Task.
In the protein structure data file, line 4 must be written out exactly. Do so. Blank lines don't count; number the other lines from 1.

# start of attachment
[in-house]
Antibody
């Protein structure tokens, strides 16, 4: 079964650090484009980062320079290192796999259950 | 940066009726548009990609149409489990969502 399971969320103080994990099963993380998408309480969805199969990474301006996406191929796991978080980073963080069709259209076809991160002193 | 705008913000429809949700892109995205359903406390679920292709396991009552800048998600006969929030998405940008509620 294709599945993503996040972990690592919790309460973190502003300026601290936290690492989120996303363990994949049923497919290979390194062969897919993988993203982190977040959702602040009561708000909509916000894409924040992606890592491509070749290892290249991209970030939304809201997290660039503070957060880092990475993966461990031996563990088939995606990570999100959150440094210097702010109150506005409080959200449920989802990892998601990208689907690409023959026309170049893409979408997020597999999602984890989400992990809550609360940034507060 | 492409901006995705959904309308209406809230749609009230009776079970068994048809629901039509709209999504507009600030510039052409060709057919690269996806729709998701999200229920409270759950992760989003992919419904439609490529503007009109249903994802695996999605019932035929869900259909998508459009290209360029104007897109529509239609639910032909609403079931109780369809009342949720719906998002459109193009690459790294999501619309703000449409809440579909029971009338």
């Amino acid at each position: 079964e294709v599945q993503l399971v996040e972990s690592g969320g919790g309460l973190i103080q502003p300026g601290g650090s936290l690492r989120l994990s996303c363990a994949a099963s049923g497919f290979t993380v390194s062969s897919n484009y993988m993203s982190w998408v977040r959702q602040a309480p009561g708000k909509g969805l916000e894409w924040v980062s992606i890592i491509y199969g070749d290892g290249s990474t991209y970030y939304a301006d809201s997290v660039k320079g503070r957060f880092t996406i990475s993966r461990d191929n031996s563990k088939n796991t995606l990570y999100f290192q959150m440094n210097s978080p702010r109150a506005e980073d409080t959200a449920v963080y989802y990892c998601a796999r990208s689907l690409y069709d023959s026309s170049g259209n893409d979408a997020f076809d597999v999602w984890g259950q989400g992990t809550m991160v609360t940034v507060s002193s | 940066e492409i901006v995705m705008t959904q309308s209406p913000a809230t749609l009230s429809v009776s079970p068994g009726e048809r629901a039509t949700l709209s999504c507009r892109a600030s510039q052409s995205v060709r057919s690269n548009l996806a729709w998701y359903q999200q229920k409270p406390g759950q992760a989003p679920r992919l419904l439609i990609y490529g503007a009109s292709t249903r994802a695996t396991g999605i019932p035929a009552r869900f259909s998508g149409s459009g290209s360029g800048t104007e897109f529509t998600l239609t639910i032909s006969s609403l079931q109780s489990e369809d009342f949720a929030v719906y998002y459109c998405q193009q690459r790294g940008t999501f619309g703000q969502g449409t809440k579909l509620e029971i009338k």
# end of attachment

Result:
């Amino acid at each position: 079964e294709v599945q993503l399971v996040e972990s690592g969320g919790g309460l973190i103080q502003p300026g601290g650090s936290l690492r989120l994990s996303c363990a994949a099963s049923g497919f290979t993380v390194s062969s897919n484009y993988m993203s982190w998408v977040r959702q602040a309480p009561g708000k909509g969805l916000e894409w924040v980062s992606i890592i491509y199969g070749d290892g290249s990474t991209y970030y939304a301006d809201s997290v660039k320079g503070r957060f880092t996406i990475s993966r461990d191929n031996s563990k088939n796991t995606l990570y999100f290192q959150m440094n210097s978080p702010r109150a506005e980073d409080t959200a449920v963080y989802y990892c998601a796999r990208s689907l690409y069709d023959s026309s170049g259209n893409d979408a997020f076809d597999v999602w984890g259950q989400g992990t809550m991160v609360t940034v507060s002193s | 940066e492409i901006v995705m705008t959904q309308s209406p913000a809230t749609l009230s429809v009776s079970p068994g009726e048809r629901a039509t949700l709209s999504c507009r892109a600030s510039q052409s995205v060709r057919s690269n548009l996806a729709w998701y359903q999200q229920k409270p406390g759950q992760a989003p679920r992919l419904l439609i990609y490529g503007a009109s292709t249903r994802a695996t396991g999605i019932p035929a009552r869900f259909s998508g149409s459009g290209s360029g800048t104007e897109f529509t998600l239609t639910i032909s006969s609403l079931q109780s489990e369809d009342f949720a929030v719906y998002y459109c998405q193009q690459r790294g940008t999501f619309g703000q969502g449409t809440k579909l509620e029971i009338k």